The 1503 nature study “The Great Piece of Turf” and the 1508 landmark piece “Praying Hands” are among the Durer masterworks that will be on display at the National Gallery of Art from Sunday through June 9.
It would be practically impossible to assemble a museum exhibit containing all of the essential works of a Renaissance master such as Michelangelo or da Vinci. But after a decade of planning, the National Gallery of Art is taking a stab at another giant of the era — German painter and printmaker Albrecht Durer.
The earliest artist credited with trying a self-portrait and rendering a landscape of a specific scene, Durer was a literal Renaissance man who excelled at both religious and secular subjects and captured vivid details of animal and human forms with fluid, elegant strokes. He also wrote important treatises on proportion and linear perspective while stressing that human creativity was the spontaneous product of a lifetime of visual experiences.
The exhibit, which opens Sunday and runs through June 9, culls 118 of Durer’s drawings, watercolors, engravings and woodcuts from the collection of the Albertina in Vienna, marking the largest exhibition of the artist’s draftsmanship ever in the United States. Included are the remarkable “Praying Hands” from 1508, the 1503 nature study “The Great Piece of Turf” and the genre-defining self-portrait Durer drew when he was just 13, in 1484.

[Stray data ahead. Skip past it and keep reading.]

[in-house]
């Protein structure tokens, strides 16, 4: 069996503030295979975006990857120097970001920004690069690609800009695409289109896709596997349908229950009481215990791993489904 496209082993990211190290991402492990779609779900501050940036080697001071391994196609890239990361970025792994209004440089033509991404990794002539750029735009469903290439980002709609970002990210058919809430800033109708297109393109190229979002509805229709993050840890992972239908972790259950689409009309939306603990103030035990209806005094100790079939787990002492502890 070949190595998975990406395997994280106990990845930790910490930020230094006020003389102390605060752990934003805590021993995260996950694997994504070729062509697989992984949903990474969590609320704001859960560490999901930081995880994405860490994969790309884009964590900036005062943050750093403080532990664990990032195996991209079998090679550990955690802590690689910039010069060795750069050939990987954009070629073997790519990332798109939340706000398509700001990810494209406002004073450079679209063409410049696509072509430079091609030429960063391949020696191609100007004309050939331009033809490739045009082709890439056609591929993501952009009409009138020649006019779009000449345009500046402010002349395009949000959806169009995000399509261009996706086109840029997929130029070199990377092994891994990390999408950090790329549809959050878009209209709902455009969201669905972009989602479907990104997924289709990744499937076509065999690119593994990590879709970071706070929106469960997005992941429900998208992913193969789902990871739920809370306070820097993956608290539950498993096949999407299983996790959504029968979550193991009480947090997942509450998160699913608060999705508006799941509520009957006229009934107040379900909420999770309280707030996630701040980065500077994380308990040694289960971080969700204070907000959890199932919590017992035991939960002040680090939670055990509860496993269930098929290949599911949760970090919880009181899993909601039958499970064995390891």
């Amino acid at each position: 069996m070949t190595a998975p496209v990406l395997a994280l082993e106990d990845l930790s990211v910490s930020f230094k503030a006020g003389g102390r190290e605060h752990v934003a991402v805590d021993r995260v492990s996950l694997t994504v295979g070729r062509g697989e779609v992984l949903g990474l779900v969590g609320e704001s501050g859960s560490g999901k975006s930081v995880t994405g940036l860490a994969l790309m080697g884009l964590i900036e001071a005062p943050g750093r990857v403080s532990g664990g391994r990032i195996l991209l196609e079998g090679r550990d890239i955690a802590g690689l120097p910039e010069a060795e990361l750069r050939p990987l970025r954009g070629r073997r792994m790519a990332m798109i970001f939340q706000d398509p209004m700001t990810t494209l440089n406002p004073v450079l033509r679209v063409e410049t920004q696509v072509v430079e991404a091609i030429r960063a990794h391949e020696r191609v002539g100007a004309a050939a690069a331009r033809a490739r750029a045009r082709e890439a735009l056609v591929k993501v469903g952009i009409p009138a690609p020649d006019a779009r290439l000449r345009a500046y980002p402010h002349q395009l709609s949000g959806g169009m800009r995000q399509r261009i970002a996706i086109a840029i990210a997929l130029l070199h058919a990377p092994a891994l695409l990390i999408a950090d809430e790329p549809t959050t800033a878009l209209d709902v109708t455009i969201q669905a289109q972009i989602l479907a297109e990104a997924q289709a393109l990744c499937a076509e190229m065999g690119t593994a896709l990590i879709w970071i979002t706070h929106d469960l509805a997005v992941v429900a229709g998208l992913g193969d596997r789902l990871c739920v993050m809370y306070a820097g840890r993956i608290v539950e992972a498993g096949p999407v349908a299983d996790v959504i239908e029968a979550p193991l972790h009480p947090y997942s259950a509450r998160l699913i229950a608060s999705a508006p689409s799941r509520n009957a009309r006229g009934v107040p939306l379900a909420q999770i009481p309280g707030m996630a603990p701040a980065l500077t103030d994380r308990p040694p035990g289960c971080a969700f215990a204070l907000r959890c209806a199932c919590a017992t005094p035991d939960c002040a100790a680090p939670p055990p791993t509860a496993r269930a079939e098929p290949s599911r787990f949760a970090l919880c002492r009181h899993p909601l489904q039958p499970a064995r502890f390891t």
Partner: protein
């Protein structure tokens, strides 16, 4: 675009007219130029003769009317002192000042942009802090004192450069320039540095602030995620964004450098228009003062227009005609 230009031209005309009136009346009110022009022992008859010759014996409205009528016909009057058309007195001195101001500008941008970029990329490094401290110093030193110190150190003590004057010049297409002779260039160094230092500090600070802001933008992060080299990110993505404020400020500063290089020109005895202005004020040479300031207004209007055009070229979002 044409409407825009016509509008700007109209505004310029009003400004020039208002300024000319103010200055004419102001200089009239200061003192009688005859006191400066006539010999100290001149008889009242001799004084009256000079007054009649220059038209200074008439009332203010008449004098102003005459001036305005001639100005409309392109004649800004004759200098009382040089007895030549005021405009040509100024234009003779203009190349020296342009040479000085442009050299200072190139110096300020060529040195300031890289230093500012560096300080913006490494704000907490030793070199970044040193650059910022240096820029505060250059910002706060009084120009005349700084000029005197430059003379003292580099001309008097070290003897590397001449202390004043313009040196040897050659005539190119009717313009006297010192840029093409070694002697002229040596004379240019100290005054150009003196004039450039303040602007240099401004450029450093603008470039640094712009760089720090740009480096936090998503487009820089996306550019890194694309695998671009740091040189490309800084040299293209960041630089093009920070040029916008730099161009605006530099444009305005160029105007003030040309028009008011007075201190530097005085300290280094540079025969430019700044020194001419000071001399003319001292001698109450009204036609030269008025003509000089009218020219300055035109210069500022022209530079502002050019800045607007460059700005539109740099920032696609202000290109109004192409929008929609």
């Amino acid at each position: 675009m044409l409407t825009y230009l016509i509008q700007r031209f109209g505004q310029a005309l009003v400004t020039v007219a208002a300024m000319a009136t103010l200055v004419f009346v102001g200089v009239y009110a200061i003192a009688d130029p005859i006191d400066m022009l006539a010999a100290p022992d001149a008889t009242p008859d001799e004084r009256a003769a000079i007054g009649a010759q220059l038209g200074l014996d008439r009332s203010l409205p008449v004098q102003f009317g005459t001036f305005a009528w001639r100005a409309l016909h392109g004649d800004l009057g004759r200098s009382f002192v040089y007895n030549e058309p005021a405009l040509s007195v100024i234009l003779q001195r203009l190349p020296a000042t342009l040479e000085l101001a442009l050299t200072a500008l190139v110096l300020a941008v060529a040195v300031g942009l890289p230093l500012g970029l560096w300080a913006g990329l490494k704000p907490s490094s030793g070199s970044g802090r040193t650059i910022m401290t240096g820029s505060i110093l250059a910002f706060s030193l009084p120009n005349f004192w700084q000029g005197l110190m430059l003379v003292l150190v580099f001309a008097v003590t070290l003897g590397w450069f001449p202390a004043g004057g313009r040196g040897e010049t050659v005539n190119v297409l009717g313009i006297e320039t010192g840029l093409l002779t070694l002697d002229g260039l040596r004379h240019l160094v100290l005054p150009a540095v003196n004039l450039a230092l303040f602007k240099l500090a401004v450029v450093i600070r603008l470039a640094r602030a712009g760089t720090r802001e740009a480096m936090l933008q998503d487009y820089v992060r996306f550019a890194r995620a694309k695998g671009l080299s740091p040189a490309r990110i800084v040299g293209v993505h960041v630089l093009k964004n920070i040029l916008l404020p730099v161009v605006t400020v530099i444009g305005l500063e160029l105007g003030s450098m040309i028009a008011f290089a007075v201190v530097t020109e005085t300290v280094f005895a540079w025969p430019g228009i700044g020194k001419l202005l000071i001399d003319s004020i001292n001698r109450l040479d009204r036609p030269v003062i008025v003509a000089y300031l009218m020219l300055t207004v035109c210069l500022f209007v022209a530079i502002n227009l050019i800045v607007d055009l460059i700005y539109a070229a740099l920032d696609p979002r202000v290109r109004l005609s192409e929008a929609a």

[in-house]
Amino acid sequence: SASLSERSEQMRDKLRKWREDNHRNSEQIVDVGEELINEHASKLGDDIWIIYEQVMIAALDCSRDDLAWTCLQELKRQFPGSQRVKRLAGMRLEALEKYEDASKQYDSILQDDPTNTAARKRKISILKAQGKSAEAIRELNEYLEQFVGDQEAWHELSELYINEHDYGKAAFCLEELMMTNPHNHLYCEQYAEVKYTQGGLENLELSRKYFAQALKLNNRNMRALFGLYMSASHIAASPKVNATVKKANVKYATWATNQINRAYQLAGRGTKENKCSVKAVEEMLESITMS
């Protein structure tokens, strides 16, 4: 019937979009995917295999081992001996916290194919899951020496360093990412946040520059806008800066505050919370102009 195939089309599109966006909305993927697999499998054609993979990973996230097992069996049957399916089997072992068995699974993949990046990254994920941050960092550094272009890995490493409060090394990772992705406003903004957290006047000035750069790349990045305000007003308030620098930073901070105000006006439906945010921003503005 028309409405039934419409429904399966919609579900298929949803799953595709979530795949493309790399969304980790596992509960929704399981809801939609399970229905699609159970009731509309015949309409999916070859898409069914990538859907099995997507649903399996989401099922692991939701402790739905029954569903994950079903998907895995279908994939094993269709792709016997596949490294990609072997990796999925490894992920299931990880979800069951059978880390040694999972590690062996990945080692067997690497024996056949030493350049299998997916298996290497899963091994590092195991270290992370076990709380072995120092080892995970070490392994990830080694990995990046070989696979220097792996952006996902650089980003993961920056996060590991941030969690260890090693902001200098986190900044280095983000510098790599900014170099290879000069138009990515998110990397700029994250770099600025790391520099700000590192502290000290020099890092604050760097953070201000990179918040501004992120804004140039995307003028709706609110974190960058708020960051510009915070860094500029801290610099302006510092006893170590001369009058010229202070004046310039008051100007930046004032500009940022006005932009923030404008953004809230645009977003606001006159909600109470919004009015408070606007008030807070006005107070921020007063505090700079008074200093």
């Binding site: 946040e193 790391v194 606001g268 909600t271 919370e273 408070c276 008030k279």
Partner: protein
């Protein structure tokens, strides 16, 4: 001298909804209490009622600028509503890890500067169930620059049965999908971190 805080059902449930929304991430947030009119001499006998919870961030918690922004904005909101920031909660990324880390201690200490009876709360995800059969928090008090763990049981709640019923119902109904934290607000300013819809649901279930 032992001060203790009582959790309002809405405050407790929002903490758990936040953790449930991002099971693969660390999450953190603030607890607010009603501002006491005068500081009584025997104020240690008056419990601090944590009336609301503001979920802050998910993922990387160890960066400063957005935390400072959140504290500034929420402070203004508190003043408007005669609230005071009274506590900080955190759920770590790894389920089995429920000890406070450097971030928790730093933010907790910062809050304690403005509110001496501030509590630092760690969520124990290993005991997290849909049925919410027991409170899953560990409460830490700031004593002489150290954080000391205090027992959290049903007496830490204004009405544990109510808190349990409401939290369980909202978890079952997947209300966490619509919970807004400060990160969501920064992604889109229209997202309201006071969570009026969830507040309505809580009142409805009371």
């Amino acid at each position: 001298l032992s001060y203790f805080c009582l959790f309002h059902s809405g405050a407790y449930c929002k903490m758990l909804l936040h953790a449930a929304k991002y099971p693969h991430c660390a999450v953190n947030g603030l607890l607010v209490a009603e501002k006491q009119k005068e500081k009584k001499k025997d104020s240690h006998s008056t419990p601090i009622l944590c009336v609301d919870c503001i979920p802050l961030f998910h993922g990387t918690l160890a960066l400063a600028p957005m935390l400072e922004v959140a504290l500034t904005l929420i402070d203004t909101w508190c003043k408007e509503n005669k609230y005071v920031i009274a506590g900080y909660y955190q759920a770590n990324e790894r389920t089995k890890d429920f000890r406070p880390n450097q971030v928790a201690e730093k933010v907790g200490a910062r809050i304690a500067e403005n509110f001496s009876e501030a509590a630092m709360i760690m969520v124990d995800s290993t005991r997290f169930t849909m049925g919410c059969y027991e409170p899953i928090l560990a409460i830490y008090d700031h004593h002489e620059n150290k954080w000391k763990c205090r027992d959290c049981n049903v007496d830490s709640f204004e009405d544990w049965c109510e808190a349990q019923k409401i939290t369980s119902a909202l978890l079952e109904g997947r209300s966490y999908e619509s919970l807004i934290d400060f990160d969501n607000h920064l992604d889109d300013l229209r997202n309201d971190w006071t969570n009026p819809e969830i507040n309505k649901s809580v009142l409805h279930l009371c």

Durer stood “at the threshold of a grand new idea about art and about artists,” said Andrew Robison, the National Gallery’s senior curator of prints and drawings, who assembled the exhibit. Breaking with the medieval period’s focus on colors or materials, he recorded rich details of nature, people and places and imaginatively re-created events such as the Last Supper.
That such an exhibit could be assembled in one place is testament both to Durer’s self-regard and the strong fan following he acquired during his lifetime and after his death.
The artist, who was one of the first to sign most of his works, fretted over his legacy and kept many of his best drawings, which were eventually passed down to family and friends. A good portion of the Albertina’s collection can be traced to the 16th-century Holy Roman Emperor Rudolf II, who so admired Durer that he offered land holdings in Bohemia to a family that had a trove of works from the artist’s estate. Rudolf’s collection eventually included some 400 prints and drawings.